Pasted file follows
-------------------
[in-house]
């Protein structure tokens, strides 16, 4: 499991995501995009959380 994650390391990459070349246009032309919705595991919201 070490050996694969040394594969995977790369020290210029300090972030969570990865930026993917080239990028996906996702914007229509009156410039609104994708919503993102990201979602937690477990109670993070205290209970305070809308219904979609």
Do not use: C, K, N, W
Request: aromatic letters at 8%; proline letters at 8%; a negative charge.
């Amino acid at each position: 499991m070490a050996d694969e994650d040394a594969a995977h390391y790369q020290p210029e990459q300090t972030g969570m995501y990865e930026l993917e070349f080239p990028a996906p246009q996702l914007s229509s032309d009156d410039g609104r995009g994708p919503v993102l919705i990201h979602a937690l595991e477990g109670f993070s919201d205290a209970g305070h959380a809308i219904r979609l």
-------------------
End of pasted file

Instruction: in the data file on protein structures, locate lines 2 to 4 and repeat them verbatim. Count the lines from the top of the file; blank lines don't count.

């Protein structure tokens, strides 16, 4: 499991995501995009959380 994650390391990459070349246009032309919705595991919201 070490050996694969040394594969995977790369020290210029300090972030969570990865930026993917080239990028996906996702914007229509009156410039609104994708919503993102990201979602937690477990109670993070205290209970305070809308219904979609």
Do not use: C, K, N, W
Request: aromatic letters at 8%; proline letters at 8%; a negative charge.